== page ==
The 'Third Sex' and the Gay thing. Yup, it had to come – sorry for the gay lingo that's following now! Yes, kathoeys or ladyboys have their place in Thai society – not only on stage in Pattaya and Patpong. But although they are accepted as the 'third' sex by many, the legal issues are more difficult and there is plenty of discrimination against them. In general, Thailand promotes a 'no worries' attitude to sexuality, but this is not to be compared to tolerance. The lesbian community is especially fucked up – that is, “there are no lesbians in Thailand”, although you will see countless lesbian couples and butch women everywhere. But no, they are not lesbian. The concept is called tom/dee, from 'tomboy' and 'lady' which can be compared to the classic western butch/femme dynamic. The 'tom' or 'masculine' woman is seen as someone who did something bad in their previous live and because of karma, they now have be this weird boyish woman who likes girls. And the 'dees' are average pretty, feminine, conforming Thai women who happen to love 'toms' (also due to some kind of karma trouble). These couples are not accepted, but pitied in society. If you don't fit into either of those categories, you don't exist. I don't have an insight into gay men's position in Thailand, but I suspect the attitude is similar.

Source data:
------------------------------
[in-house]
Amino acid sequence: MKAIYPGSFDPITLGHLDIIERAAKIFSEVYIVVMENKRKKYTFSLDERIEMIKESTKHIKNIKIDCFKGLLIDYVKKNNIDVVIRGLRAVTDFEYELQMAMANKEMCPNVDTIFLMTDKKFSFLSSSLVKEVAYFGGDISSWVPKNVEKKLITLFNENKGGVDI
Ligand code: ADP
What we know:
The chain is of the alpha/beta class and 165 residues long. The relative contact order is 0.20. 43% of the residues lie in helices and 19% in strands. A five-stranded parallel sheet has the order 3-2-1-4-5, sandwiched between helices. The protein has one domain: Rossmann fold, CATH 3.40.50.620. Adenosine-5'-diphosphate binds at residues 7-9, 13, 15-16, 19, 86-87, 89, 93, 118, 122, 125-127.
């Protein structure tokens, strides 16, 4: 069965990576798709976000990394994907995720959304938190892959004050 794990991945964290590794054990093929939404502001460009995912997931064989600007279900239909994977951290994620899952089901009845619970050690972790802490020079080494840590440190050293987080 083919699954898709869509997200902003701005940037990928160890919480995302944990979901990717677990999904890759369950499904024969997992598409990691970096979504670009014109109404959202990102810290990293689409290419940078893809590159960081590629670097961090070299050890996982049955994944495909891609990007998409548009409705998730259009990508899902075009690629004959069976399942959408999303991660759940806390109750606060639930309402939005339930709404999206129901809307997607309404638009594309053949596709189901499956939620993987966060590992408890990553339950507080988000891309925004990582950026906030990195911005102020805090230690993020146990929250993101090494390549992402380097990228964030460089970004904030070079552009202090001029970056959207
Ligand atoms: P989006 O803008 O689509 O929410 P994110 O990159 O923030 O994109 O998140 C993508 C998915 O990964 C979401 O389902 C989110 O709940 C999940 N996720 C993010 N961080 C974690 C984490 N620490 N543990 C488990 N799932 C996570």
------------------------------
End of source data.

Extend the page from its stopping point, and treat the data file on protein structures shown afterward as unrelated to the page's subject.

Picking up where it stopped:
At the end of the day, Thailand wins. I am so exhausted by all of the above, that I order a big, overpriced beer to forget about it. I can't wait to go to Vietnam.